Doubling Investments every month…

double_investment.jpgThe other day I read about someone who claimed to have doubled his investments every month for more than a year now. If I do the math’s it turns out that this man must have multiplied his money to more than 4,000 times what it was. That’s 4,000 times, not 4,000 per cent. The interesting part is that not only do such people expect to be believed; there are those who believe them. If you ask a random collection of people whether they think it possible that somewhere in the world there exist investors who can go on doubling money every month, then you’ll get a surprising number of yeses. This sounds like believing in anything you hear.

No one who invests in the stock markets ever loses any money. Or at least, that’s what I will have to believe if I take at face value whatever someone says about their personal performance in managing their investments. I’m serious. It’s amazing, actually. The markets fall. Dubious stocks shoot up and people keep buying them and then when the markets fall and stagnate and no one admits to having lost any actual money. To be fair, there are some who admit to holding investments that are way under water from their purchase price, but claim that this is not a loss but a temporary dip.

That’s a point of view, I suppose. Not only does this undying faith in the existence of supernatural rates of return persist, it does a lot of real harm.

The refusal to admit to wrong investing decisions means that we miss the opportunity to learn from them. I know these sounds like a slogan from one of those motivational posters, but failure really is a very good teacher. Provided one makes the effort to learn from it.

And at least in the case of investments, it isn’t all that difficult to learn from bad investments. What one has to do is to honestly think of the reasons why one bought that investment and then resolve not to repeat that reason without any further refinements.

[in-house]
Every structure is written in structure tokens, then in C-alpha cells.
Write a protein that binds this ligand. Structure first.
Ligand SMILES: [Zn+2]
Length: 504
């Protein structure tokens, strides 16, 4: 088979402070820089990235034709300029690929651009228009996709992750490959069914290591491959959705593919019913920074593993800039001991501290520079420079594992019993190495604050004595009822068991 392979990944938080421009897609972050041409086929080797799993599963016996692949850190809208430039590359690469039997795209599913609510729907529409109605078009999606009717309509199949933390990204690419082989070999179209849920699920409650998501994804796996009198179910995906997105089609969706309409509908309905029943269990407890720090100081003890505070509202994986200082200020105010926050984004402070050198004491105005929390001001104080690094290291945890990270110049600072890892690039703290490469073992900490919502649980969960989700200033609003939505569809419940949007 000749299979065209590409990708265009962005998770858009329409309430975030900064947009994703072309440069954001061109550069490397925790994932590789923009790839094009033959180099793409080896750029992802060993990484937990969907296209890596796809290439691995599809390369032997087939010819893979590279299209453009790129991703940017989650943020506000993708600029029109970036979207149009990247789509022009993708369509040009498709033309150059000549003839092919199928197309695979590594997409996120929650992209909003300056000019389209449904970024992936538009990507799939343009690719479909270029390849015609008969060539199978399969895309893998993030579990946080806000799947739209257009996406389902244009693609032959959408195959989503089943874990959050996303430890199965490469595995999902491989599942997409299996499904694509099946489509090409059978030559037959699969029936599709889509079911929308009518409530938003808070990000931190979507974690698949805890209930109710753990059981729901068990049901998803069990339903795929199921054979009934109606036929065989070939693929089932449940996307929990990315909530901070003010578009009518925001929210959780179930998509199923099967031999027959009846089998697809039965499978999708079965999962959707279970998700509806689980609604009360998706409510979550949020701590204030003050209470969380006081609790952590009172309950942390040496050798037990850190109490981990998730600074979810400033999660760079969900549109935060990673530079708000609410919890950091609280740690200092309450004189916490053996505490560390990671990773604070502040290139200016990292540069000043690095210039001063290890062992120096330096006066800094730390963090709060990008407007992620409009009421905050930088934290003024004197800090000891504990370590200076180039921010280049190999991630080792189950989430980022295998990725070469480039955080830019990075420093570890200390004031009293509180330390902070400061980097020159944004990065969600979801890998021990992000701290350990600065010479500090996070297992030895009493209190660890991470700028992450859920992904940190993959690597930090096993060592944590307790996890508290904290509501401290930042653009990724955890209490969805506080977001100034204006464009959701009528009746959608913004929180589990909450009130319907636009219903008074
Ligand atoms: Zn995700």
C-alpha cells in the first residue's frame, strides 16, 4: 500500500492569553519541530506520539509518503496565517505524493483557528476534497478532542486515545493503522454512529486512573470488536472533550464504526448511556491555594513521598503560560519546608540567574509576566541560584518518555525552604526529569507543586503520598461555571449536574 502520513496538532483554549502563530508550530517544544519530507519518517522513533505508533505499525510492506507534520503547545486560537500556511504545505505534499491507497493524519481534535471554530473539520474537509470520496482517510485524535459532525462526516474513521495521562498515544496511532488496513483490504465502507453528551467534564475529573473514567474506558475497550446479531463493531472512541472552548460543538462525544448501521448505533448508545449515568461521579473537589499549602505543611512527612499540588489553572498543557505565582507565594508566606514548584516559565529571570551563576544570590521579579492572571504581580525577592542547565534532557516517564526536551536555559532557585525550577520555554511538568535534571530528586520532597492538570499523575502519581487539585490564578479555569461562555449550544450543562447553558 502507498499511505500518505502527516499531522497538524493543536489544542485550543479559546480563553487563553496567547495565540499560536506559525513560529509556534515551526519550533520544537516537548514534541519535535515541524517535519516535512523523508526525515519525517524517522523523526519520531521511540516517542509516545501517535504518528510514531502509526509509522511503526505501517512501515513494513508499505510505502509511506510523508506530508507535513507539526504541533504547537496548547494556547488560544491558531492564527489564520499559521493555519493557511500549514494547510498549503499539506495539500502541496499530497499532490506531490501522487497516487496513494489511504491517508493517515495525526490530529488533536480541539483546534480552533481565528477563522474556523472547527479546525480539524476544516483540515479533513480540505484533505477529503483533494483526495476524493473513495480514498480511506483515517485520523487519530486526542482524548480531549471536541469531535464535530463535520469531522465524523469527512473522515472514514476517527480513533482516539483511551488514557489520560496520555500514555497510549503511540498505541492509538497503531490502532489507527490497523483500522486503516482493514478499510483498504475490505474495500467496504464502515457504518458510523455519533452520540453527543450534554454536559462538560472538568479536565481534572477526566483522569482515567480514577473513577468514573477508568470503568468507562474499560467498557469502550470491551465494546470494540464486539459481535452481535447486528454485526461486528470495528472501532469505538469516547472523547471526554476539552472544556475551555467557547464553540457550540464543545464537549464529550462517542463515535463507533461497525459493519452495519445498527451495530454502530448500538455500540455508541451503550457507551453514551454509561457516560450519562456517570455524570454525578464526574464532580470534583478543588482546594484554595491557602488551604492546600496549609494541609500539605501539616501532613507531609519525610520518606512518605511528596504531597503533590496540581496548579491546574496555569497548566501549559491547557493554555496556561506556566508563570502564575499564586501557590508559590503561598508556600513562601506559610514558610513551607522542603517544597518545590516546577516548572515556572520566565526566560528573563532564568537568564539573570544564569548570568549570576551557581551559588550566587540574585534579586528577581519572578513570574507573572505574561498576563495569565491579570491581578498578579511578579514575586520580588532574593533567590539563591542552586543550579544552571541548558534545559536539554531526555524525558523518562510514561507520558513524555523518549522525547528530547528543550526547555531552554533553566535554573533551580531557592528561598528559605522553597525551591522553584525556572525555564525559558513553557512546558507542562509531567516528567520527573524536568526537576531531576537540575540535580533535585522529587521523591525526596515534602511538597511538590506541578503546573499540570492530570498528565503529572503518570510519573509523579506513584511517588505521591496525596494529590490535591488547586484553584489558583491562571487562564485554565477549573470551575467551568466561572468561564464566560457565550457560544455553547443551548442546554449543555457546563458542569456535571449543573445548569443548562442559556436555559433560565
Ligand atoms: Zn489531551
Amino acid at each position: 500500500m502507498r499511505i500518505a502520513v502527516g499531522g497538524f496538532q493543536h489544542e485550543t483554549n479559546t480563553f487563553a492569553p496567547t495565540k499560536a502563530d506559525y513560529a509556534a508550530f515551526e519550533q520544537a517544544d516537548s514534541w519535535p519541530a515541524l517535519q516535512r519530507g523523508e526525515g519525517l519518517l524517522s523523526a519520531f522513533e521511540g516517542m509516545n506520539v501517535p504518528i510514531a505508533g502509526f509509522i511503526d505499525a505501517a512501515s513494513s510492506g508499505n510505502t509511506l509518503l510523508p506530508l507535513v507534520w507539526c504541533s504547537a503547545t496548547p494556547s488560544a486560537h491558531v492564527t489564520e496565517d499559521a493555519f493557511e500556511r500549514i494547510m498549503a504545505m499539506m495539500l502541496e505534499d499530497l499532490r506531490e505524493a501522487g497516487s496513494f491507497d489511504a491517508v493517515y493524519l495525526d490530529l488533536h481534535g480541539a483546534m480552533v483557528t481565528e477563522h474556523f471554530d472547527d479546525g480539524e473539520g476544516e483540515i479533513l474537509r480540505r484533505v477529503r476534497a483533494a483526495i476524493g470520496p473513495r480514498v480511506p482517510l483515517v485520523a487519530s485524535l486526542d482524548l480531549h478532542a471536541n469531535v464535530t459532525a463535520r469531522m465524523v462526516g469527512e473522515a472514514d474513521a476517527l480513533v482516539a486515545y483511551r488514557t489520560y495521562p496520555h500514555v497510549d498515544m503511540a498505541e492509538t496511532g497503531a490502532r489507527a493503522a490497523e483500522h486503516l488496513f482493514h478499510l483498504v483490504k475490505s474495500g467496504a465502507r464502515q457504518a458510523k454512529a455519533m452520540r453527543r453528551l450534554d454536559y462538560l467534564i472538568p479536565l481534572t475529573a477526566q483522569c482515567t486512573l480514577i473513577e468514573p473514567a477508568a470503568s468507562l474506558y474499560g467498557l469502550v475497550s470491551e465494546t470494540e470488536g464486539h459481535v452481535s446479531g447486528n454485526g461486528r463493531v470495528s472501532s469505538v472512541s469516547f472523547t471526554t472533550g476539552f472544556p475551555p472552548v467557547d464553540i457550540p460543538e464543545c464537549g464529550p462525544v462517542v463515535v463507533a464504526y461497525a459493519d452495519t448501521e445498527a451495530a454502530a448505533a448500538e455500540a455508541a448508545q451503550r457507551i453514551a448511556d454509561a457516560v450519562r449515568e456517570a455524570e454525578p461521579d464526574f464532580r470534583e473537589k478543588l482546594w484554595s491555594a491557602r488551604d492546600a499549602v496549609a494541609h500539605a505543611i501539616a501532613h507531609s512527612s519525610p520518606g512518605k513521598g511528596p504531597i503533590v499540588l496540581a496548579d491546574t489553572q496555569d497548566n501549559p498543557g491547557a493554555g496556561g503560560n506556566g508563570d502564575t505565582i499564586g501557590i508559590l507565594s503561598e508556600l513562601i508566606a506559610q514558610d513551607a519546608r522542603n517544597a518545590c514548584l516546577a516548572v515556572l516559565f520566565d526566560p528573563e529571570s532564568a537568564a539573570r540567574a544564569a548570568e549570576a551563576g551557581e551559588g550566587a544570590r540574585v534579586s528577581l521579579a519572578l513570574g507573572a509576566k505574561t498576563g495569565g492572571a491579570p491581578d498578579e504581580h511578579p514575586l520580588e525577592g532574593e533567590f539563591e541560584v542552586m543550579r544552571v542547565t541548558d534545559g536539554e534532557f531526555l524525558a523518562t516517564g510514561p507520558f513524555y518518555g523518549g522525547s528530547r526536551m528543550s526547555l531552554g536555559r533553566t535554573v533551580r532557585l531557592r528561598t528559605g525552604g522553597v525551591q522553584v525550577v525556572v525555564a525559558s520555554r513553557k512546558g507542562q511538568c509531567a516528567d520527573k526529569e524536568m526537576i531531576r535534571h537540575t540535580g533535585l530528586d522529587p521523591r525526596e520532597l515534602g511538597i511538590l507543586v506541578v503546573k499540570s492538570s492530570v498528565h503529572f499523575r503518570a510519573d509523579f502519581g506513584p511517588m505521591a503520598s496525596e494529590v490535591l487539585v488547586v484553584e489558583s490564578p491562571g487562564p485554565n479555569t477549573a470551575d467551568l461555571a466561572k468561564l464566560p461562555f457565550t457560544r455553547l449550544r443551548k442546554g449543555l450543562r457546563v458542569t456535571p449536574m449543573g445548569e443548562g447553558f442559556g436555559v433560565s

Let me illustrate with a couple of examples.

READ

Let’s say you put a chunk of money into a new mutual fund because the fund salesman said other funds of that fund company had a great track record. Now that this new fund has done worse than the older ones, you only need to think back carefully at your reasons for the investment and the cure is self-evident.

Of course there’s a danger in not making this analysis general enough. Let’s say a friend of your boss recommends a stock and you buy it without any further inquiry and then the stock price collapses. Surely, the lesson is not that you shouldn’t buy a stock on the recommendation of the bosses’ friend or even friends in general but that you shouldn’t make investments you do not understand. Chance and luck may have played a role in a big success that someone may have had. It isn’t very wise to mistake that for magic and imagine that it’s repeatable by waving a wand.

You may also like...

4 Responses

  1. zakman says:

    Quote: [… but failure really is a very good teacher….]

    Now, where did I hear “Nothing succeeds like failure.” ???

    Well, apart from these ‘motivational slogans’, what used to put me off from investing in stock was the alleged manipulation of company performance news fuelled by ‘recommendations’ from every Tom, Dick and Dirty Harry. But then I now realize these things affect only those who are looking to make a quick kill.

    I know of some of my ex-classmates from college who were shrewd enough to identify a blue chip very early on, and buy as much as they could afford, and hold it for … like 25 years. A couple of them could be rich enough to buy a villa in Malibu today.

  2. Robin Bal says:

    Hey Zakman,

    Most people investing in stocks, do so just because someone said it was a great stock to invest in. Investing can make you rich but definitely not overnight. If you stay invested long enough the stock market will outperform any other investment.

    Take care and cheers

  3. Shane says:

    “Doubled his investments every month”

    I’m always amazed when I see someone selling pipe dreams, and the number of people that rush in to buy them.

  4. Robin Bal says:

    Hi Shane,

    I feel sorry for these people who rush to buy pipe dreams. When I tell a client that I could help him double his money in X number of years, some of them would say that too long.

    I don’t want to deal with greedy investors, they gonna make my life hell, some of these are the types who buy pipe dreams.

    Take care and Cheers

Leave a Reply

Your email address will not be published. Required fields are marked *

debt relief
http://debt-settlement-review.toptenreviews.com/national-debt-relief-review.html>